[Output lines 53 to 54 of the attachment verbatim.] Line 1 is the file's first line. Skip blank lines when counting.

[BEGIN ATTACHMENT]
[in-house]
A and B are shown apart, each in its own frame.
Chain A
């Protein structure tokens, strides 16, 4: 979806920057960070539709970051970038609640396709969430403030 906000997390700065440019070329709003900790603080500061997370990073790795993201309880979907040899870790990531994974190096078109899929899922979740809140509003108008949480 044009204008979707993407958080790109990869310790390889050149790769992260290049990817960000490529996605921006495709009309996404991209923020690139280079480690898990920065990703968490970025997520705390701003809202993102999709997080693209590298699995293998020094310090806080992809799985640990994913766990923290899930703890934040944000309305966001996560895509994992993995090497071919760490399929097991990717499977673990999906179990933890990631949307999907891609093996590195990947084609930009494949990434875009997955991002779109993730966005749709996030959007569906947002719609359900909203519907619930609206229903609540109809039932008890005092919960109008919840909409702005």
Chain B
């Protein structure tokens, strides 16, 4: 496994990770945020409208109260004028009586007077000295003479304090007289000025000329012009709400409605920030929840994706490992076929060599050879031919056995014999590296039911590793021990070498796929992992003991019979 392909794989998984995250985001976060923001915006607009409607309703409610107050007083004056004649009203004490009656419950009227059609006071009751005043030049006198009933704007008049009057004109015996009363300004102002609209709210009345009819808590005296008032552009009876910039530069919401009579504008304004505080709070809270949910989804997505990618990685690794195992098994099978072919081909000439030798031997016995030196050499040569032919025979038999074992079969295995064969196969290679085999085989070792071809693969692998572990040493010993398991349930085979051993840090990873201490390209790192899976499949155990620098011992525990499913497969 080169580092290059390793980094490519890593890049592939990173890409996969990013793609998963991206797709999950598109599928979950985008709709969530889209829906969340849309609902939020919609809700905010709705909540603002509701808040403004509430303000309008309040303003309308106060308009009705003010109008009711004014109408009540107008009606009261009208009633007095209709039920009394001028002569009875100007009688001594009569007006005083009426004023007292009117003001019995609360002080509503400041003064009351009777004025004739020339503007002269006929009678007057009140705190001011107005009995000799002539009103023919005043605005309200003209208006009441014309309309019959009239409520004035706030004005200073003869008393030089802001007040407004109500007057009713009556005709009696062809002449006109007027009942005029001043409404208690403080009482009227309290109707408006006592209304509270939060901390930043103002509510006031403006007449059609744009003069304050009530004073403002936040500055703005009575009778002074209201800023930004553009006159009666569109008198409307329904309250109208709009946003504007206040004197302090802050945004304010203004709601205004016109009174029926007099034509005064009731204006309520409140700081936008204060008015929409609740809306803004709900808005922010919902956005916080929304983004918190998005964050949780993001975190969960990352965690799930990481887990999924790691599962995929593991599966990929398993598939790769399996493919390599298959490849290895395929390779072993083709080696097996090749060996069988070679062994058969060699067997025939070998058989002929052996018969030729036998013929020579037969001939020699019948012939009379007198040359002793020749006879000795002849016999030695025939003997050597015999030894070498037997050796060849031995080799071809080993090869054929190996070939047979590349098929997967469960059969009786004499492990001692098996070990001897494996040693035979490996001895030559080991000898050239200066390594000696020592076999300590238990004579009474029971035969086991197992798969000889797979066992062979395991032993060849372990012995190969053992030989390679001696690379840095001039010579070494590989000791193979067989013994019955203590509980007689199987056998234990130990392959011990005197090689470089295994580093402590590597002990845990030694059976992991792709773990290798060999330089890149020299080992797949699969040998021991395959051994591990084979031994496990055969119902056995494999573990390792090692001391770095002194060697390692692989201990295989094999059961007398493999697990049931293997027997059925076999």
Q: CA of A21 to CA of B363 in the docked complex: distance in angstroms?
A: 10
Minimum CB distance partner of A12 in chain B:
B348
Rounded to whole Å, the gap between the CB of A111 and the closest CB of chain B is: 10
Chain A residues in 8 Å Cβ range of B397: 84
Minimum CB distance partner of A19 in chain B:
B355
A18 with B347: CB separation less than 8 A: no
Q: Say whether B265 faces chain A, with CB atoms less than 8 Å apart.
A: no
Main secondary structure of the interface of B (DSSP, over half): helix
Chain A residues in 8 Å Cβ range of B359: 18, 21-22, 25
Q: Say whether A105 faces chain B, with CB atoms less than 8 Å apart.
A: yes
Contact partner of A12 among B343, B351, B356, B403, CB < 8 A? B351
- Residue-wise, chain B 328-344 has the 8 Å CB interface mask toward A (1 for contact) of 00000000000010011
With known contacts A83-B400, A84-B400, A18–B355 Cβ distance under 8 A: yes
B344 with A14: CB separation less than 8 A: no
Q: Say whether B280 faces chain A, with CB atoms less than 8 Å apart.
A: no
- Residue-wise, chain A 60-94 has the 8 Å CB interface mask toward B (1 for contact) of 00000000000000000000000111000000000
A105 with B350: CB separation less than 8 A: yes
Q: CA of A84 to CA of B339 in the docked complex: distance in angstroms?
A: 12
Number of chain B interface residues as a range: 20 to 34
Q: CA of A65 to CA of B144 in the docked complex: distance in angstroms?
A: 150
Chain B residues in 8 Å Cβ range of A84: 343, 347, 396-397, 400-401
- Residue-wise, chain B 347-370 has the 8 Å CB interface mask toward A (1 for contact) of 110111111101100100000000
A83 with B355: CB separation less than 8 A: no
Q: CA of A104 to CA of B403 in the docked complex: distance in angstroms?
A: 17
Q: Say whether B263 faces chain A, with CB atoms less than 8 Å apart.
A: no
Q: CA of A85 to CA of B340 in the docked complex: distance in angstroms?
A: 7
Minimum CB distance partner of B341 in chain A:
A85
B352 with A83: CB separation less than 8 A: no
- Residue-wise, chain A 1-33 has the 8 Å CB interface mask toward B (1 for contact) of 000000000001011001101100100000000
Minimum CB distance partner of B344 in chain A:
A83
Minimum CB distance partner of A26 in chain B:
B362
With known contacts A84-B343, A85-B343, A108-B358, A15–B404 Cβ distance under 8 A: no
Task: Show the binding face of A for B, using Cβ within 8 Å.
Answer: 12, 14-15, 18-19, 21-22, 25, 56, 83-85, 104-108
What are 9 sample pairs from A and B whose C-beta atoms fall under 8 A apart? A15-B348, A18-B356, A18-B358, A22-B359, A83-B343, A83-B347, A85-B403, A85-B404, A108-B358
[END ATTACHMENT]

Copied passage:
Task: Show the binding face of A for B, using Cβ within 8 Å.
Answer: 12, 14-15, 18-19, 21-22, 25, 56, 83-85, 104-108